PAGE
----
They’ll bark when frustrated. Howl when they’re left alone. Whine when they want something. Or sigh when disappointed.
So depressed dogs might also become more vocal. They can howl and whine more. And they’ll do it to express themselves.
But, this may also be due to joint pains or injuries. So other signs to watch out for are:
- Crying while strolling.
- Whining when picked up.
Note: Some dogs may not also have the energy to make any sounds. So they’ll just spend their day lying down and being quiet. Wanna know more? Check this article.
How to treat dog depression? 7 tips
#1: Expose them to more sunlight
Guess what, dogs can also suffer from winter blues.
Or seasonal affective disorder, a.k.a SAD. And it has the same signs as depression.
It’s when canines sleep more and become less motivated.
And Stanley Coren, a famous psychologist, says it’s due to the lack of the hormone serotonin.
“What does sunlight have to do with this?”
Well, the release the hormones melatonin and serotonin is related to sunshine.
First, melatonin is produced when it’s dark.
This makes dogs sleepy. So less or no sunlight will produce more of this. Resulting in inactivity and oversleeping.
On the other hand, sunshine is needed to make serotonin. A ‘feel-good’ hormone that affects the mood and appetite of canines.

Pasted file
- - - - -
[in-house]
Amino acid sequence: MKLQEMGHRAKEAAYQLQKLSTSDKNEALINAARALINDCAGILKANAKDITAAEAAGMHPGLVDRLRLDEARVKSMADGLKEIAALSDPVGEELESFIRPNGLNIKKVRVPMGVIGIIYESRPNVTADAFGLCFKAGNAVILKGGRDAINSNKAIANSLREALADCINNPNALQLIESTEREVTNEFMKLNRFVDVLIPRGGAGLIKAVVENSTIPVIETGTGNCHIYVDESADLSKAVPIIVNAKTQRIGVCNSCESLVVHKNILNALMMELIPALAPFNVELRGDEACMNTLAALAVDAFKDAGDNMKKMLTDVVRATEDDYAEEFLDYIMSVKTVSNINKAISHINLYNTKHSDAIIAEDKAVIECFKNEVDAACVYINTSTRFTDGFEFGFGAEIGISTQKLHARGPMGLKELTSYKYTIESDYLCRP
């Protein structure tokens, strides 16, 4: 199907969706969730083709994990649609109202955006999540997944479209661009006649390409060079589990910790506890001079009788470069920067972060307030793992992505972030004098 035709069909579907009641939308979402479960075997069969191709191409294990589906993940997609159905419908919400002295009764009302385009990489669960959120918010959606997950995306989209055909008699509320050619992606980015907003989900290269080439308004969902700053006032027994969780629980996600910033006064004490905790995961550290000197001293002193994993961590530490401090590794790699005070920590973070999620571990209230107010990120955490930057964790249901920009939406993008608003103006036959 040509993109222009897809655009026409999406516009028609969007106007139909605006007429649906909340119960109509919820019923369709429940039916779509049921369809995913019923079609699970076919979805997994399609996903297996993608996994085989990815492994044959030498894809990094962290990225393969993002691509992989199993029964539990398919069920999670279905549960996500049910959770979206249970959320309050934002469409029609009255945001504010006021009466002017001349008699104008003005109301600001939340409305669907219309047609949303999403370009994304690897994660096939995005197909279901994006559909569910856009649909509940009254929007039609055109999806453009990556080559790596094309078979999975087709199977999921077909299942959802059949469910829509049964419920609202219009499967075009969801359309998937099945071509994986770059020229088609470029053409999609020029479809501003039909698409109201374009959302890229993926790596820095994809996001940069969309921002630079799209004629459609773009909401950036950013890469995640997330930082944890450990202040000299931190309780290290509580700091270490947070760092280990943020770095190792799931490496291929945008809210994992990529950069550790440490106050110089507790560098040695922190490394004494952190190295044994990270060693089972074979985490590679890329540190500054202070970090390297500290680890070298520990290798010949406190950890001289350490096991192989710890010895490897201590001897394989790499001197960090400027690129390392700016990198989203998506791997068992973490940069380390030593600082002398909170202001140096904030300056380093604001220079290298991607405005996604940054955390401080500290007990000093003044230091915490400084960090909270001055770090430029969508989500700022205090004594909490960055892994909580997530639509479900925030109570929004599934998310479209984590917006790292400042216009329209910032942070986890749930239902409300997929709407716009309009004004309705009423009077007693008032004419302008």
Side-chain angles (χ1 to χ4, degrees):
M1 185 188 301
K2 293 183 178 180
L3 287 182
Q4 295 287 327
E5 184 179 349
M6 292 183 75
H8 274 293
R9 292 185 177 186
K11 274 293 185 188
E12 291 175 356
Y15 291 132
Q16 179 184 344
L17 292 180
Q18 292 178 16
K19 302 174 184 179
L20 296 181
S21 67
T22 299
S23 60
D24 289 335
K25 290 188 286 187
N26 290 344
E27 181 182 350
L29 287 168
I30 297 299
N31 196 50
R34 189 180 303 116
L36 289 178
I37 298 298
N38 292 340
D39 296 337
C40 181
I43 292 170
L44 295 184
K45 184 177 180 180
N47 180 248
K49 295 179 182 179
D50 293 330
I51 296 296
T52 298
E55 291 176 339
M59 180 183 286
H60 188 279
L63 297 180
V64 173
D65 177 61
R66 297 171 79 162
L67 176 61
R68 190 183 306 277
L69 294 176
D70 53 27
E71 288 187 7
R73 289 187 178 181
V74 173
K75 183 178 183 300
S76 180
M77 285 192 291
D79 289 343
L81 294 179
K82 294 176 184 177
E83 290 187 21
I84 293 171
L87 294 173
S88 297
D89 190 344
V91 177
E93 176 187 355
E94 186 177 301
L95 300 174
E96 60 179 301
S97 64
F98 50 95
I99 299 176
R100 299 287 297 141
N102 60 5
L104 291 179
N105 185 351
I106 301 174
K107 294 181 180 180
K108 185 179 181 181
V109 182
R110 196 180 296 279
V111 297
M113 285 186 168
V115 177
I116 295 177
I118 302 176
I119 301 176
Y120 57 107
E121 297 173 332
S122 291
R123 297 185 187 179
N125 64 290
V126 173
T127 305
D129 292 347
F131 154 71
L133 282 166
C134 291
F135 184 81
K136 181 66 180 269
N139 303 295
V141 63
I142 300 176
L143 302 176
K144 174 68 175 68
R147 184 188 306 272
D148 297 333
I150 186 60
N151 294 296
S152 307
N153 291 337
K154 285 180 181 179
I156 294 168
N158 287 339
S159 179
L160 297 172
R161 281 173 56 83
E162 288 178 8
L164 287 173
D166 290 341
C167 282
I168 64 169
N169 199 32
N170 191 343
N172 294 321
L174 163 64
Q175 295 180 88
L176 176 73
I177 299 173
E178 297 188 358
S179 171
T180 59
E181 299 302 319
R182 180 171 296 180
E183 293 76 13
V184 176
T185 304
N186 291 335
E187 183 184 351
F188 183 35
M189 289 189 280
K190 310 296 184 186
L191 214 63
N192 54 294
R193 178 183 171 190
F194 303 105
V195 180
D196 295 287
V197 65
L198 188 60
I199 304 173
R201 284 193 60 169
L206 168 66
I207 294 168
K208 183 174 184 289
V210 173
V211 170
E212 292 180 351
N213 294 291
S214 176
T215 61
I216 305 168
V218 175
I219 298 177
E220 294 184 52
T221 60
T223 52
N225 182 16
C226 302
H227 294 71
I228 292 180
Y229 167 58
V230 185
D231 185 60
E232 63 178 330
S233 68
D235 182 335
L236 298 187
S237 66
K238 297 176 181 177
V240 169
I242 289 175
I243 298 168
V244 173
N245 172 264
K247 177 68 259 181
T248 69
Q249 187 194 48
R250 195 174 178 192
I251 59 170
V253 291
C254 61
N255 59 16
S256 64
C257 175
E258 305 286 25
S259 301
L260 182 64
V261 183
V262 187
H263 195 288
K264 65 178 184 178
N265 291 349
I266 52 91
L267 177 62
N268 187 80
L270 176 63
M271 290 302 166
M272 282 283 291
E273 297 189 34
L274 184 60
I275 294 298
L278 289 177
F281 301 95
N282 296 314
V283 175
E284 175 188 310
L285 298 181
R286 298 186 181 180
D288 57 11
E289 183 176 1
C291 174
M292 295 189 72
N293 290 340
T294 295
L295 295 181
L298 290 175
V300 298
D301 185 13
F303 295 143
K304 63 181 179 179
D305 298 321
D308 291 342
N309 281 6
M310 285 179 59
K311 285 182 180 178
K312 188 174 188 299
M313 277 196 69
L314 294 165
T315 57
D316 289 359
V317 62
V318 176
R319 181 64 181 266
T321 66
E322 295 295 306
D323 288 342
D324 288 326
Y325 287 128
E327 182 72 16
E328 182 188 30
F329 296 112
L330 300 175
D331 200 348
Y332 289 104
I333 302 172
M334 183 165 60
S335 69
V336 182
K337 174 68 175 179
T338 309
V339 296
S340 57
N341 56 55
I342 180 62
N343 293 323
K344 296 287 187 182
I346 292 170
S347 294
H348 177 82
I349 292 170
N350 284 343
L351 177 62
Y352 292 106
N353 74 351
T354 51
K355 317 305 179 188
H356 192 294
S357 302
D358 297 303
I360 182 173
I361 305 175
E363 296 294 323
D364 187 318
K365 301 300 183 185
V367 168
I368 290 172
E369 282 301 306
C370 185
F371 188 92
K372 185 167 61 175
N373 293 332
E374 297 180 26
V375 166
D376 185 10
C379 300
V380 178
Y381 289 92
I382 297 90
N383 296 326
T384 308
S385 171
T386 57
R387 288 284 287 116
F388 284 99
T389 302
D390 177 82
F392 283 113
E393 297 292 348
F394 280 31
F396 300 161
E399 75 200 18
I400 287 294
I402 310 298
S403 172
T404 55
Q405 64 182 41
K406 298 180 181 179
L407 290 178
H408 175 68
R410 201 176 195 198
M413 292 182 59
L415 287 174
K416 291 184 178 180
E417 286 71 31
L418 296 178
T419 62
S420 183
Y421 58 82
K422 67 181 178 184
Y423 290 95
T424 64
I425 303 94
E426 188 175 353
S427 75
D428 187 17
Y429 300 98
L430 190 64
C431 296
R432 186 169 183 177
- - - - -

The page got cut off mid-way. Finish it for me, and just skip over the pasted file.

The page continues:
Like what we usually get by eating our comfort food. Such as ice cream and chocolate.
But dogs shouldn’t have things like these. So the best way for them to get that feeling it is by exposing themselves to more sunlight.
What to do?
- Place your dog’s bedding near openings.
- Roll up your window curtains to let in more sunlight.
- Always take your dog for walks. Preferably 8 to 10 am to get safe morning sunshine. Because later than this can be too hot for their (and also our) skin.
“What if my dog refuses to go?”
For pups and small dogs: Pick them up and distract them with treats/toys. Then stay outside where there’s light for up to 20 minutes.
For bigger dogs: Try to lure them outside with a yummy treat (e.g., boiled chicken). Or their favorite toy.
If they go out, don’t force them to go any further.
Just stick by their side and continue distracting them. And do this in less than 20 minutes or so.
#2: Provide extra TLC
Sunlight can only do so much, so pair it with additional tender loving care.
Depressed dogs are emotionally unstable. So they need support from their humans.
So give your pooch more attention and time. Say, groom their fur frequently. Or talk to your dog and caress them softly.